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Consumer Credit: Too Much or Too Little (or Just Right)?

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  • Jonathan Zinman

Abstract

The intersection of research and policy on consumer credit often has a Goldilocks feel. Some researchers and policymakers posit that consumer credit markets produce too much credit. Other researchers and policymakers posit that markets produce too little credit. I review theories and evidence on inefficient consumer credit supply. For each of eight classes of theories I sketch some of the leading models and summarize any convincing empirical tests of those models. I also discuss more "circumstantial" evidence that does not map tightly into a particular model but has the potential to shed light on, or obscure, answers to key questions. Overall there is a lack of convincing evidence on whether markets err, and in which direction. We do not yet understand whether and under what conditions markets over-supply or under-supply credit, much less why.

Suggested Citation

  • Jonathan Zinman, 2013. "Consumer Credit: Too Much or Too Little (or Just Right)?," NBER Working Papers 19682, National Bureau of Economic Research, Inc.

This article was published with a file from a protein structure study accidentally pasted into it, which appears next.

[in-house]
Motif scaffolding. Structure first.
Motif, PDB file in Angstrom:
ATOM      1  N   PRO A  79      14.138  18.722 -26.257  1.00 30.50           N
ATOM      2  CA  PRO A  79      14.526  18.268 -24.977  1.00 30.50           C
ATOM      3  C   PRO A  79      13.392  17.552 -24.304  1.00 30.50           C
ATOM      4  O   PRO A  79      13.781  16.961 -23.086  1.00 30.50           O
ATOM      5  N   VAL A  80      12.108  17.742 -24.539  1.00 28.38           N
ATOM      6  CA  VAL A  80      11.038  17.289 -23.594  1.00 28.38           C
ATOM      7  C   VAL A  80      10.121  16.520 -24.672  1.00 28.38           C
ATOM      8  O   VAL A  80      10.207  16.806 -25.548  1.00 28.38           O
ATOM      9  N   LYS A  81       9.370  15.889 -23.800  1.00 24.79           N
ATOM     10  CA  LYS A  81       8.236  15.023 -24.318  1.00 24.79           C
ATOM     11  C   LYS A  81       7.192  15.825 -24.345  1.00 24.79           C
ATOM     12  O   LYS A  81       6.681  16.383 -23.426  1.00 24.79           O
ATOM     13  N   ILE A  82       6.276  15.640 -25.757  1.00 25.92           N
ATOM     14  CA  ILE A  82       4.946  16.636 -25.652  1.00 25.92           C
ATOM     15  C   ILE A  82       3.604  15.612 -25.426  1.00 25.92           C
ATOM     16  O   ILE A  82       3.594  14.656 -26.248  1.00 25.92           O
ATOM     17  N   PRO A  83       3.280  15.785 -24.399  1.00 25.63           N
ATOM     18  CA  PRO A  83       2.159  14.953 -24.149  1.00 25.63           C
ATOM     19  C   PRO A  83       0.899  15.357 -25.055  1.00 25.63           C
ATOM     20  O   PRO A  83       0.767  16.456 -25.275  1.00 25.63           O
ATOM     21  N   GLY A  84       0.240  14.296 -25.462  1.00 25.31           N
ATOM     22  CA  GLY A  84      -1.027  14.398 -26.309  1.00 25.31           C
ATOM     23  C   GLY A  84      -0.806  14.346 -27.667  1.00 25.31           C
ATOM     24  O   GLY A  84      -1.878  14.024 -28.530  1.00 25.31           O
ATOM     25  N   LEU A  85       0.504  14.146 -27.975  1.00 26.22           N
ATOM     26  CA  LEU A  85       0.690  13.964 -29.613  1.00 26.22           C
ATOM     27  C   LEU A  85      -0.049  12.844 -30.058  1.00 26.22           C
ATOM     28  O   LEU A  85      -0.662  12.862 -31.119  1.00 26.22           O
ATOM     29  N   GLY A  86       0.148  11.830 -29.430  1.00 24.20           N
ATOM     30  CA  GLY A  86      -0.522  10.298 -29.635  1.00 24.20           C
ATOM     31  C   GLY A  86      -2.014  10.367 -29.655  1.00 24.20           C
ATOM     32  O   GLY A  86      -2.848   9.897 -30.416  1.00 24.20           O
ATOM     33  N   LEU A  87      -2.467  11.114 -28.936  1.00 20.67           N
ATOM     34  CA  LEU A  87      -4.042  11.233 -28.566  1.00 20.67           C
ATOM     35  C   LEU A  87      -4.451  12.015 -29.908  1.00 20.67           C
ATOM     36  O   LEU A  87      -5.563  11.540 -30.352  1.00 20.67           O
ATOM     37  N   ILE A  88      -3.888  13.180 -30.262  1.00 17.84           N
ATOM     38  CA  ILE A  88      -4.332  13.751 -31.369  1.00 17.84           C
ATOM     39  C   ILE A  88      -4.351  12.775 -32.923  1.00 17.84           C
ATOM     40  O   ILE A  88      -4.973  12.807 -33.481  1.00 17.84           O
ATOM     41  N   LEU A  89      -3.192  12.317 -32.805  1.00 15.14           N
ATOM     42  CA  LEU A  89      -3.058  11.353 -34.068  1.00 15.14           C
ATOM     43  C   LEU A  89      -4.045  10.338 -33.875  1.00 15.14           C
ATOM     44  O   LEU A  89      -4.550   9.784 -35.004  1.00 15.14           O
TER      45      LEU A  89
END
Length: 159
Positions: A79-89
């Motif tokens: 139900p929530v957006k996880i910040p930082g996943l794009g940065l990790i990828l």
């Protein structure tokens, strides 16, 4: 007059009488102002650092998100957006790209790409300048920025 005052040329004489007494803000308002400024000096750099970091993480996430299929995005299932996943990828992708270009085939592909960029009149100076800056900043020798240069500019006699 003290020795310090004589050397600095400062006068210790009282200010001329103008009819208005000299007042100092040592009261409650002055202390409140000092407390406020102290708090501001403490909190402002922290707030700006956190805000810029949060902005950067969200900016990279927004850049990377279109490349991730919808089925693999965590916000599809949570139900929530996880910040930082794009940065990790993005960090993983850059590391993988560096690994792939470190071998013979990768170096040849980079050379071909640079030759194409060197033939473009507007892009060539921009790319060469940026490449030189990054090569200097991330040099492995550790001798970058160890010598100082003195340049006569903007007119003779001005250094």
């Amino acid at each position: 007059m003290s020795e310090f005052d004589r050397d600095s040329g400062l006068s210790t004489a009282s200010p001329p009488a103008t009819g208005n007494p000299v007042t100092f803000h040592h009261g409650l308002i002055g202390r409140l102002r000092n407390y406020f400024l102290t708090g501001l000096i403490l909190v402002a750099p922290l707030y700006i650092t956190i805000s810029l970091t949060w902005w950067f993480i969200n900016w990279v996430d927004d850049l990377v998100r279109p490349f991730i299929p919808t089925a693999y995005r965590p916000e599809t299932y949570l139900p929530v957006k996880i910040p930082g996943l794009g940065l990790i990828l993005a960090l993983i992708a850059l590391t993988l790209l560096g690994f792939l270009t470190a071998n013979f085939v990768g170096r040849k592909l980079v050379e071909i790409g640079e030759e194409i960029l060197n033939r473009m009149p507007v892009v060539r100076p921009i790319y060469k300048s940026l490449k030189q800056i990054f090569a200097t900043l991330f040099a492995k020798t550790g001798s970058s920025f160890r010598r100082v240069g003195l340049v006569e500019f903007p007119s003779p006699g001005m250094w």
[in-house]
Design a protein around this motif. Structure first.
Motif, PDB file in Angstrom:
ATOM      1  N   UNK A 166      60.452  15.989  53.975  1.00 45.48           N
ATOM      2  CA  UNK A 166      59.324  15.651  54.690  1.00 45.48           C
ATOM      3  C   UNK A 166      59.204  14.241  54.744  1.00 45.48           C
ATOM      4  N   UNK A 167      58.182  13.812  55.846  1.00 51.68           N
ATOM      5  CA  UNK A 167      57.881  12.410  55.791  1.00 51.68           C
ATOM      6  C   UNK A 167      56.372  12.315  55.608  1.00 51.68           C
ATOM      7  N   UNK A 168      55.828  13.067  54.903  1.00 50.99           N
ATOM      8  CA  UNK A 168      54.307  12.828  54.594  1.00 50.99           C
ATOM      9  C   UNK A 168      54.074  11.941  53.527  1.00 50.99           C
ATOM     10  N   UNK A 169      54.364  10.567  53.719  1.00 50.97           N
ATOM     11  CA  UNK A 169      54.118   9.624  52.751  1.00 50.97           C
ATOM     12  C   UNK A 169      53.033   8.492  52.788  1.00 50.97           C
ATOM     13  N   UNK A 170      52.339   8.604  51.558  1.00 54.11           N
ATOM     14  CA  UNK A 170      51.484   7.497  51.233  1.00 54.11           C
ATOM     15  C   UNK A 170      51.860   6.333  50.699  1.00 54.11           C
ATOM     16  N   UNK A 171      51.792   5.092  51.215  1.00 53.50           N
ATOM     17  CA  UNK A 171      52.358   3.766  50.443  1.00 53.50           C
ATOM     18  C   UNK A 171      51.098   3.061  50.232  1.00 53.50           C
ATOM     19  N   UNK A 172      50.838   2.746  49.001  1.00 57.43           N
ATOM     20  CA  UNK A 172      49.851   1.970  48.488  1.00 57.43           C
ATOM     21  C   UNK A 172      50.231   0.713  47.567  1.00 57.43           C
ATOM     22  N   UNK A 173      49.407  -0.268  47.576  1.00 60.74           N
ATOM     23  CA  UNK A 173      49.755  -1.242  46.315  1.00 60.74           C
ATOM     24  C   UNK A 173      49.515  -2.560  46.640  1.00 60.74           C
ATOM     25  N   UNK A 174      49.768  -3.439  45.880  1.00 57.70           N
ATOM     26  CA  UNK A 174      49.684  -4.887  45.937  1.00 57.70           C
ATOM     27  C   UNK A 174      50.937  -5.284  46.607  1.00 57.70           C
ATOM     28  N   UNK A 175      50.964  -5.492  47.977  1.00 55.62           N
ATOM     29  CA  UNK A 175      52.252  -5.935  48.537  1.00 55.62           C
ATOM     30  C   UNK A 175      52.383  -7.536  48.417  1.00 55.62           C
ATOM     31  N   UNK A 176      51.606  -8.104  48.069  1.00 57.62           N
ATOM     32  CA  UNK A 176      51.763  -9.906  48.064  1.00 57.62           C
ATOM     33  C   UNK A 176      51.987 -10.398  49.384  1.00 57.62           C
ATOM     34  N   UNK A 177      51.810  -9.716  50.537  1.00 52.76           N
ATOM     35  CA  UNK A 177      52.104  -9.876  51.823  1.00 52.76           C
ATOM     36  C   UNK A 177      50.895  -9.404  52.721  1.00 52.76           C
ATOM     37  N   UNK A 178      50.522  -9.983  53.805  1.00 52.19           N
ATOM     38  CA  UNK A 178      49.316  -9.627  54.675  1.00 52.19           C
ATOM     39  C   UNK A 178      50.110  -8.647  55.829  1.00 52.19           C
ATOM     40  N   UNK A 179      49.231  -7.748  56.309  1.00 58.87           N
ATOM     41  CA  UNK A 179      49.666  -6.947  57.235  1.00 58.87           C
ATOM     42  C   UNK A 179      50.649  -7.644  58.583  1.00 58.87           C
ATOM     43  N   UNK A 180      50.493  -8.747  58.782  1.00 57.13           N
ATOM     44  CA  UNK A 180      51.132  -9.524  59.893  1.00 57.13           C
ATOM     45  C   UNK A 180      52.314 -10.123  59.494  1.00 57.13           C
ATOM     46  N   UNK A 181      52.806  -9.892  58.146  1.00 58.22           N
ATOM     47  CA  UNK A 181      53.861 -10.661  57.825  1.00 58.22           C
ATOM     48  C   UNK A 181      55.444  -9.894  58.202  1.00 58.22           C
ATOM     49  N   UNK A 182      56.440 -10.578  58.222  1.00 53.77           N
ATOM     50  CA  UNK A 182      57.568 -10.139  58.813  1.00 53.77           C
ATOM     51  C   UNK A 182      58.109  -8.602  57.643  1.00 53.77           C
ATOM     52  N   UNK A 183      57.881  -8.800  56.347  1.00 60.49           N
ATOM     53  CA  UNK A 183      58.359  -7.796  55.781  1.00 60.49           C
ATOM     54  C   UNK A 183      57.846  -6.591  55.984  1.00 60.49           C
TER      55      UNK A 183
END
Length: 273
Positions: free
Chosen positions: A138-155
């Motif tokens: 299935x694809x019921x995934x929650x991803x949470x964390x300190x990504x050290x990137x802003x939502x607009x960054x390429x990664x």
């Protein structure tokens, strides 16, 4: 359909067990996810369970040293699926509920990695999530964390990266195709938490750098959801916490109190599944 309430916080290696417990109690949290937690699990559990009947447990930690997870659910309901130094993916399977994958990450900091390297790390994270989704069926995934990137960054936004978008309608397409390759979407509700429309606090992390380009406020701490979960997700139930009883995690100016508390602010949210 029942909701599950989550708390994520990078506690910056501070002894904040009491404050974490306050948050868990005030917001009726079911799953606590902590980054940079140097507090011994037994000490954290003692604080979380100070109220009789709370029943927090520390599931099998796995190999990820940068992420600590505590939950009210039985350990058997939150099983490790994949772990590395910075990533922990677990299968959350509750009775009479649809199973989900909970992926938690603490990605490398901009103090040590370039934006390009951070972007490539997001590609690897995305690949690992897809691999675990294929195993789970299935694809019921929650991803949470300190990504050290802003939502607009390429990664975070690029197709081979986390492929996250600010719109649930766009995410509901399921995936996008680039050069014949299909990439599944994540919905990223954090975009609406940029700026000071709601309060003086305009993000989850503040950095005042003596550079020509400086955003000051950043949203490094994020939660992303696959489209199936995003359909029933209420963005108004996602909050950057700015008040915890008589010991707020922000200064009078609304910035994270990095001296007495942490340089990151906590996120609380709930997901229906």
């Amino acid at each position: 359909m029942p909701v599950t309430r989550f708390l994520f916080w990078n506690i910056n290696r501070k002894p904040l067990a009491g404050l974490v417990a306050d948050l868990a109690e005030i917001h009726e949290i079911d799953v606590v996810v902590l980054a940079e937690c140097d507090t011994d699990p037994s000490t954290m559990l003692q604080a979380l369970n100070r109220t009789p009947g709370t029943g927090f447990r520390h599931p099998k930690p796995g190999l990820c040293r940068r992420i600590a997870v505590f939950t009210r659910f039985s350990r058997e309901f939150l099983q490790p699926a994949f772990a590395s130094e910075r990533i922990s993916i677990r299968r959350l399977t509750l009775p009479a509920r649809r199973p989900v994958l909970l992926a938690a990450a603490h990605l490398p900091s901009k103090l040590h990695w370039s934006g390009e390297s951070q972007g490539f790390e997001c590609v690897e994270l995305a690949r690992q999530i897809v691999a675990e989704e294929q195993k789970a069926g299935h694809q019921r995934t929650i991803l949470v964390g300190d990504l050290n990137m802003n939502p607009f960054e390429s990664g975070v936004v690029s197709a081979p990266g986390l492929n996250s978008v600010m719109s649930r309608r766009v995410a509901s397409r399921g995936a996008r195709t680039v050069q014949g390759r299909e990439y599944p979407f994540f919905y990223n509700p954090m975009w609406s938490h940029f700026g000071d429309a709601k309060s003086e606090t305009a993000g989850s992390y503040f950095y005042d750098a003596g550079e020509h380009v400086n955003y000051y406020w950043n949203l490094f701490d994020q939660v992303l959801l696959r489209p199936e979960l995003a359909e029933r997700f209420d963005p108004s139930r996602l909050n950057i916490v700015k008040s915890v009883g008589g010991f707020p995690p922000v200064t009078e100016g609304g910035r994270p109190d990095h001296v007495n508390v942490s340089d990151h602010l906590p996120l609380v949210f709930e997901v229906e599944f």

• Handle: RePEc:nbr:nberwo:19682
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    More about this item

    JEL classification:

    • D03 - Microeconomics - - General - - - Behavioral Microeconomics: Underlying Principles
    • D14 - Microeconomics - - Household Behavior - - - Household Saving; Personal Finance
    • D18 - Microeconomics - - Household Behavior - - - Consumer Protection
    • D82 - Microeconomics - - Information, Knowledge, and Uncertainty - - - Asymmetric and Private Information; Mechanism Design
    • E32 - Macroeconomics and Monetary Economics - - Prices, Business Fluctuations, and Cycles - - - Business Fluctuations; Cycles
    • G21 - Financial Economics - - Financial Institutions and Services - - - Banks; Other Depository Institutions; Micro Finance Institutions; Mortgages
    • G23 - Financial Economics - - Financial Institutions and Services - - - Non-bank Financial Institutions; Financial Instruments; Institutional Investors
    • G28 - Financial Economics - - Financial Institutions and Services - - - Government Policy and Regulation
    • R31 - Urban, Rural, Regional, Real Estate, and Transportation Economics - - Real Estate Markets, Spatial Production Analysis, and Firm Location - - - Housing Supply and Markets

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